With Barack Obama already four months into his second term, and with little more than two years remaining before lame duck status limits his effectiveness, it's not too early to ponder how history will judge his presidency.
What will future generations remember most about the Obama years? What will they recall as Barack Obama's finest hour? What will be considered his greatest accomplishment?
Much will happen -- on the world stage and here at home -- over the next couple of years, and something unforeseen could effect the Obama legacy. Still, I think it unlikely that anything accomplished in future will equal the long-lasting positive impact of an under-publicized Obama initiative set in motion earlier this month.
Until two weeks ago, I would have suggested equality as the hallmark of President Obama's time in office. He has fervently preached equality, and not just to the liberal members of the Democratic choir. He has talked equality to all of America, and as a result, there is more equality for women, for gay people, and for minority voters. Not since Lyndon Johnson's fight for civil rights and voters' rights has there been a White House that has so forcefully pursued equality on multiple fronts.
There are numerous accomplishments for which this current president deserves credit -- not the least of which is ending one war and winding down another. And whatever success comes from the ongoing battles for gun safety and immigration reform will be due in large part to the president's efforts. Huge also is the enactment of a near-universal health care system -- something other presidents had failed to do in 100 years of trying.
But as important and impressive as this list of accomplishments may appear to us today, it is that initiative launched two weeks ago that will, arguably, have the most impact on America's future, and will be remembered as President Barack Obama's crowning achievement.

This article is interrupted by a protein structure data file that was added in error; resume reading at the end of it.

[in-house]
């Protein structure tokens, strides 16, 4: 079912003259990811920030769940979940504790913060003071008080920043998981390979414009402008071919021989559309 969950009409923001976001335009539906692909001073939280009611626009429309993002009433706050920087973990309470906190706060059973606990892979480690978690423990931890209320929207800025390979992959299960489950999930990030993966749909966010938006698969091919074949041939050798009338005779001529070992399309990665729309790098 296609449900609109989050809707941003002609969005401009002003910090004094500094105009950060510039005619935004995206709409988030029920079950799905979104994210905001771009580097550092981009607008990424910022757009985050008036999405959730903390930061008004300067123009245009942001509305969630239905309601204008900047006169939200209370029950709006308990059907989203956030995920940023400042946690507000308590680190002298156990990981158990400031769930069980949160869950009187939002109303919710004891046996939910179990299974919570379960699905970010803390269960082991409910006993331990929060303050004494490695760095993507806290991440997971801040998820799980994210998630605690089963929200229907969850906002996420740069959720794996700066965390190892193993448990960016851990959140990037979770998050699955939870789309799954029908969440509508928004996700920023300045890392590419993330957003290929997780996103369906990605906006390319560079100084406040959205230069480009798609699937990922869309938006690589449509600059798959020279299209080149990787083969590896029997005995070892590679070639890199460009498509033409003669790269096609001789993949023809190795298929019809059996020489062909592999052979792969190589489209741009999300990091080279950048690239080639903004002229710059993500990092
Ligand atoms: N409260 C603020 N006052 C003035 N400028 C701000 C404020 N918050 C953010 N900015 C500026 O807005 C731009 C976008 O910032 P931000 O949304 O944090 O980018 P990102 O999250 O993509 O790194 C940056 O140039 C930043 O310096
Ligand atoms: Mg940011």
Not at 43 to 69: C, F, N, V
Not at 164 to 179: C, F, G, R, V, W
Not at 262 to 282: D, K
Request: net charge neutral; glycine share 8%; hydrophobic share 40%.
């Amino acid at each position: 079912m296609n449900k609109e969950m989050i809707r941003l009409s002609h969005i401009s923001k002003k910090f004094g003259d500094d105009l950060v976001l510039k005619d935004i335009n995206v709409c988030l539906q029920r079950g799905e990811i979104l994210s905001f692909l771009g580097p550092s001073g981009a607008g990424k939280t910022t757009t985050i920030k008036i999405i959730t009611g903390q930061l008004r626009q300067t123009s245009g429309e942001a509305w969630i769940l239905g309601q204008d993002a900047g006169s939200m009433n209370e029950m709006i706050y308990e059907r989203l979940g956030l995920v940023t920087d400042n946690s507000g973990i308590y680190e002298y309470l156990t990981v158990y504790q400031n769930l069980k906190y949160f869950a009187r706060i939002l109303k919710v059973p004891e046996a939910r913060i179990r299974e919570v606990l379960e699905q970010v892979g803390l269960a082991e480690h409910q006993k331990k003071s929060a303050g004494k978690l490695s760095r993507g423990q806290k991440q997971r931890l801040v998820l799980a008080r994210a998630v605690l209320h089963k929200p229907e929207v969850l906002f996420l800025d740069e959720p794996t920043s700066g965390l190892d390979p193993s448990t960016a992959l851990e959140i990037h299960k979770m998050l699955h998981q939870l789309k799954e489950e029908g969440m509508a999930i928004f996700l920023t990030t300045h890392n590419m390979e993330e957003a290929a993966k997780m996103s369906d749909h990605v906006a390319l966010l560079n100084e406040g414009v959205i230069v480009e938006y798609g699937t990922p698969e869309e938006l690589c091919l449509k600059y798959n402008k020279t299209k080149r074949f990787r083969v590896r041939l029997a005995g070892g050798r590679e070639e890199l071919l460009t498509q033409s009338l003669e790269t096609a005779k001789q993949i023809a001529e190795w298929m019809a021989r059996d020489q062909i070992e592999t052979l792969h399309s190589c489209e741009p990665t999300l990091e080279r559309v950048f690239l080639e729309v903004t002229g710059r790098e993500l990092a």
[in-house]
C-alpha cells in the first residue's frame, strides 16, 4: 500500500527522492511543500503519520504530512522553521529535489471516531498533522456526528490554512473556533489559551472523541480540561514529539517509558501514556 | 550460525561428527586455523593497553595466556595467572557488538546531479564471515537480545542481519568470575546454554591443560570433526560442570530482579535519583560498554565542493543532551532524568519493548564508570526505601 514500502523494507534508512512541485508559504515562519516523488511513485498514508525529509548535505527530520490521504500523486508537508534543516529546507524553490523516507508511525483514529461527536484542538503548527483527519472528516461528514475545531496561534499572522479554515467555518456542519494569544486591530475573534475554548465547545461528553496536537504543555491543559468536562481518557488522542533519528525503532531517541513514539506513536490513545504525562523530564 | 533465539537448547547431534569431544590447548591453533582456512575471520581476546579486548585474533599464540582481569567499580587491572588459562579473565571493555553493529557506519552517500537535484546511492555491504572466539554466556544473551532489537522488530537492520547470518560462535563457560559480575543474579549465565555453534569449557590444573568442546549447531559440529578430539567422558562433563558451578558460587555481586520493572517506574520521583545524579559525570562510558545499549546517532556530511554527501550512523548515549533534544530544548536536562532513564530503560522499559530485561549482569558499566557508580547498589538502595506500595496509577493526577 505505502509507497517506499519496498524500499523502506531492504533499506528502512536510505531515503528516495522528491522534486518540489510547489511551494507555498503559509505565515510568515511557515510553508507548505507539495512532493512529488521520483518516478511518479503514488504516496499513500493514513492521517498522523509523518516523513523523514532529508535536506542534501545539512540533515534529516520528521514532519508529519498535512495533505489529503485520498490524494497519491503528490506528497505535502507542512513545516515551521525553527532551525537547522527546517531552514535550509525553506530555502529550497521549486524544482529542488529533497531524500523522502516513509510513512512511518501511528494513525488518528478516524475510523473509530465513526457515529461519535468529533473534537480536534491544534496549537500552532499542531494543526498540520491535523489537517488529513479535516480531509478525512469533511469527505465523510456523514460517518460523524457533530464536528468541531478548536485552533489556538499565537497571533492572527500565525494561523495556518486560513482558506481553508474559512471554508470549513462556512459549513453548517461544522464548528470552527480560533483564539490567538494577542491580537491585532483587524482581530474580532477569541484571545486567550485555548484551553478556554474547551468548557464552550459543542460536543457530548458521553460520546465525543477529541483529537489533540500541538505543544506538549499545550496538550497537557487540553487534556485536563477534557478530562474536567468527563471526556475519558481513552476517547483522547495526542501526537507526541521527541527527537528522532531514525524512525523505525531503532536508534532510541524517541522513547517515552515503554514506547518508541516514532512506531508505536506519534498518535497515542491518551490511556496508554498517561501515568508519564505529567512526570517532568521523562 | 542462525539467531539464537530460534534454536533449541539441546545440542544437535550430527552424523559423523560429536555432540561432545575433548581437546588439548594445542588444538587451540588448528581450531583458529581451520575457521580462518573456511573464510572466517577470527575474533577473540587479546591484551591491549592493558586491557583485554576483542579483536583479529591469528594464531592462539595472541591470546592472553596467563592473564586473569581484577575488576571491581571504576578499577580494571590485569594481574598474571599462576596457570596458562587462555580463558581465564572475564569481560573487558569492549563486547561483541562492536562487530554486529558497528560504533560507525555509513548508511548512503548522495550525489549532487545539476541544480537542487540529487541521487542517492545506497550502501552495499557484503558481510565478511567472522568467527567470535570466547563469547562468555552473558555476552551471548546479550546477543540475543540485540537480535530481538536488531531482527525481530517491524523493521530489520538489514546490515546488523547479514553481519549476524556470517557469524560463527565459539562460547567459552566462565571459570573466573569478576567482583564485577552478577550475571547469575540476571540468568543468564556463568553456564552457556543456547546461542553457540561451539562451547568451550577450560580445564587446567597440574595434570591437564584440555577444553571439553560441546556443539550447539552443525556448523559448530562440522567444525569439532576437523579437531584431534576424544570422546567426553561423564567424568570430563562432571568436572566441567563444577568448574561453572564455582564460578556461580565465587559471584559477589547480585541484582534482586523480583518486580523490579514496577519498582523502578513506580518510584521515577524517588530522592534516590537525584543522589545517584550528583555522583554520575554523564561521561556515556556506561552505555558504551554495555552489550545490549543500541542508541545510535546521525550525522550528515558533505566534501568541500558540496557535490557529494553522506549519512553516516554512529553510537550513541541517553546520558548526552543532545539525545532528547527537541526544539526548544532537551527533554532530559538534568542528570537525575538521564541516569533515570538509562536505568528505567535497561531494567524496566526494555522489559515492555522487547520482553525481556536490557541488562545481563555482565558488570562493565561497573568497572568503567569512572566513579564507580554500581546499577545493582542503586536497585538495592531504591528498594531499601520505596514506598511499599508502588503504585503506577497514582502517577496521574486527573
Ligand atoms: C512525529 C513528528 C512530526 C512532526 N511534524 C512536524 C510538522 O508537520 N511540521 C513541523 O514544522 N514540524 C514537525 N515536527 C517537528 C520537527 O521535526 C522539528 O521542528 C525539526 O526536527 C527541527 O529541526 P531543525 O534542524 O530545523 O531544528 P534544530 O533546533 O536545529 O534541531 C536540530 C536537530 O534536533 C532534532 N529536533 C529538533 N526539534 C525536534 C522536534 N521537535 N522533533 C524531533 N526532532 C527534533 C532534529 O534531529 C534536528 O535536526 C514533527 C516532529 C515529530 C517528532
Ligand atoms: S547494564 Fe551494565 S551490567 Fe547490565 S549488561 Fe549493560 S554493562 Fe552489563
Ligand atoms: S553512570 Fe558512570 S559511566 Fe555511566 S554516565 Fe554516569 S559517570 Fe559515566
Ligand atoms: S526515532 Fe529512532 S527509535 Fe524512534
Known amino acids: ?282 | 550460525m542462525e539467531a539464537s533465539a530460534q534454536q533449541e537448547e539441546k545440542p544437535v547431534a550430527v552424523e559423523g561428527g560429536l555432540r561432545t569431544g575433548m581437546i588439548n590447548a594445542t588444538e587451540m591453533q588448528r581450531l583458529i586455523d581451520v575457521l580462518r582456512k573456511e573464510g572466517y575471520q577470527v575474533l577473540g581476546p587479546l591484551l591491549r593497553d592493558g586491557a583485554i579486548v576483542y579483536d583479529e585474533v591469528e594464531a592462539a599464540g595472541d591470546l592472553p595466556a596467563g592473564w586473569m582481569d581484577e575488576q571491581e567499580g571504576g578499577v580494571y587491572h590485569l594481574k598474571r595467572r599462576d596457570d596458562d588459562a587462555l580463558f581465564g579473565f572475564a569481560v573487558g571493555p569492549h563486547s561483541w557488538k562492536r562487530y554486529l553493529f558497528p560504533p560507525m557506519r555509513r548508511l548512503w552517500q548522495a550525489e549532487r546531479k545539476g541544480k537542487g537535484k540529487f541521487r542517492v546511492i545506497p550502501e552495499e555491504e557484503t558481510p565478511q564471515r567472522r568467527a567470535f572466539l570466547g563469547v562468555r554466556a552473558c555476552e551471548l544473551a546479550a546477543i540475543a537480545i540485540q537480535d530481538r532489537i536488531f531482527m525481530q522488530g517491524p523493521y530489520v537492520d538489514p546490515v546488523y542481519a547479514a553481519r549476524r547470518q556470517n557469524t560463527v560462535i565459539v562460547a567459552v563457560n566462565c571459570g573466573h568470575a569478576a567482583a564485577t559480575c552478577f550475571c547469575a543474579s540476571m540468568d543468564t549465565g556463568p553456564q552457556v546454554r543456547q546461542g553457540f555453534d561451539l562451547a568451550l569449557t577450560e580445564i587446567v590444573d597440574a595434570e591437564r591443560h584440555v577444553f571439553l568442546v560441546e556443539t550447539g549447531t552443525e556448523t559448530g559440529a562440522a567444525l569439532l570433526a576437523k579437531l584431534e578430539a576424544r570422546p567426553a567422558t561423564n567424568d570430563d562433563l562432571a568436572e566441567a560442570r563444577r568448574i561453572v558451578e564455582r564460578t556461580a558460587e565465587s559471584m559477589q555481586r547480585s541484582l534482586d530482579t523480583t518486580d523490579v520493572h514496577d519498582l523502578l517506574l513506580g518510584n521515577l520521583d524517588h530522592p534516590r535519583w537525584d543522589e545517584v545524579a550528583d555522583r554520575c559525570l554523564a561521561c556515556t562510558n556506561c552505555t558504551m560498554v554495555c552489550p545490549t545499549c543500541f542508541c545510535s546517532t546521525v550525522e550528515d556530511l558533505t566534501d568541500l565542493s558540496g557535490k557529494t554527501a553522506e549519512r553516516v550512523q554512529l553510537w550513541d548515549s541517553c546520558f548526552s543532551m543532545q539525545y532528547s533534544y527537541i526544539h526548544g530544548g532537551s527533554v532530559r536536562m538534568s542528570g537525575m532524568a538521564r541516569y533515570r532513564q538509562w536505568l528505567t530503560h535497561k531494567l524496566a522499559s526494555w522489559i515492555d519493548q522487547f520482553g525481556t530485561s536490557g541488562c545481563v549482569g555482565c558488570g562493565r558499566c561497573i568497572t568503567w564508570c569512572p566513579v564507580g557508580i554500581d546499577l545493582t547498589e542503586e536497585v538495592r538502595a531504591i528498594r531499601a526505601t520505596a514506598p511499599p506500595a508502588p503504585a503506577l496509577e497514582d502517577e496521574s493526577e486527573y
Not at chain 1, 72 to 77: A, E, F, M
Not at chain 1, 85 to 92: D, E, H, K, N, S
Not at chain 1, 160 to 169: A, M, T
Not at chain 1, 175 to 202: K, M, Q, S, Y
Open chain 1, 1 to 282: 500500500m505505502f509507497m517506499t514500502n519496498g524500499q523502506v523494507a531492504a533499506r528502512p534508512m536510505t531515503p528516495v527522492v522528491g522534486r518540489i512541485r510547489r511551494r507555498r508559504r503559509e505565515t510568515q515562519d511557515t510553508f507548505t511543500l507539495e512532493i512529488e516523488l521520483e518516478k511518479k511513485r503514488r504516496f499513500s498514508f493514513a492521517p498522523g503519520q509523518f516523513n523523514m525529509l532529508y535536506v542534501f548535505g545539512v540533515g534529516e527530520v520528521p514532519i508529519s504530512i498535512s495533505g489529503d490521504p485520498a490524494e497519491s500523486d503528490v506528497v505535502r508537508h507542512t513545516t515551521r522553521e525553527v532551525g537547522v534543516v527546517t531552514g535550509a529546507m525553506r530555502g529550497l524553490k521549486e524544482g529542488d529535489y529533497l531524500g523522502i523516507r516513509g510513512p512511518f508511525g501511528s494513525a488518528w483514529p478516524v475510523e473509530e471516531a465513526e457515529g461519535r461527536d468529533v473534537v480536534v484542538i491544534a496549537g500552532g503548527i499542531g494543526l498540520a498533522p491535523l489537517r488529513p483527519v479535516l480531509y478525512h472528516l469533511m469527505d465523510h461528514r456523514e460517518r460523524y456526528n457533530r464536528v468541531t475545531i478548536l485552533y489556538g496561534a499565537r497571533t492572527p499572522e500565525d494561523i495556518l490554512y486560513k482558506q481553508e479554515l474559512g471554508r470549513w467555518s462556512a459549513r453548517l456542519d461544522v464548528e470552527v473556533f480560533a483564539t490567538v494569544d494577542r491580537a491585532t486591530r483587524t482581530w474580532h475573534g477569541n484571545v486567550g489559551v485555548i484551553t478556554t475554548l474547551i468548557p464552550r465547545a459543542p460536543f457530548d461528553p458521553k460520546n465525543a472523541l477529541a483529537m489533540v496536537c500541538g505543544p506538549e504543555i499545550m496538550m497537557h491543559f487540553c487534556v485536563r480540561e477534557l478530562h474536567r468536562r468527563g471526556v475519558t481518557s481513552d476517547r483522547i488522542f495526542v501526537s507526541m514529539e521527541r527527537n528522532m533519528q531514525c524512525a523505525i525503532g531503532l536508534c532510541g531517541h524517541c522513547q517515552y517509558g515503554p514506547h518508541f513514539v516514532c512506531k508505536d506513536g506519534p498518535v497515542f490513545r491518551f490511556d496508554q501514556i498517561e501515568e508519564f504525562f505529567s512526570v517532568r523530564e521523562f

On the morning of April 2, the president announced to a gathering of luminaries in the East Room of The White House a new and ambitious, decade-long research effort to uncover new ways to treat, prevent, and cure brain disorders.
To be known as the BRAIN Project (short for Brain Research through Advancing Innovative Neurotechnologies), the initiative will bring together companies, universities, foundations, philanthropies, and federal agencies in a public-private partnership that will be designed to revolutionize understanding of the human brain -- which remains one of the greatest scientific mysteries. The BRAIN Project efforts will cover Alzheimer's, Parkinson's, autism, schizophrenia, epilepsy, and traumatic brain injuries.
President Obama's interest in brain disorders and research is nothing new. While exercising spending restraint in most areas, his 2012 budget allowed for an increase in spending for Alzheimer's research.
That decision was made in part, I'm sure, on humanitarian grounds; but also in view of the ever increasing economic cost of Alzheimer's and other brain disorders.
And in this year's State of the Union address, the president spoke of the need for Alzheimer's research: "Now is the time to reach a level of research and development not seen since the height of the space race." That remark was a reminder of another presidential address to a joint session of Congress; and another decade-long national project.
On May 25, 1961, President Kennedy said that the United States should set as a goal the "landing of a man on the moon, and returning him safely to the earth" by the end of the decade. It seemed to many at the time to be an overly ambitious and unattainable goal; but America did it -- and in eight years, not 10.
Like Kennedy, President Obama has set a goal that seems ambitious, but is nevertheless attainable. It is a goal -- that if reached -- would be the crowning achievement of the Obama presidency.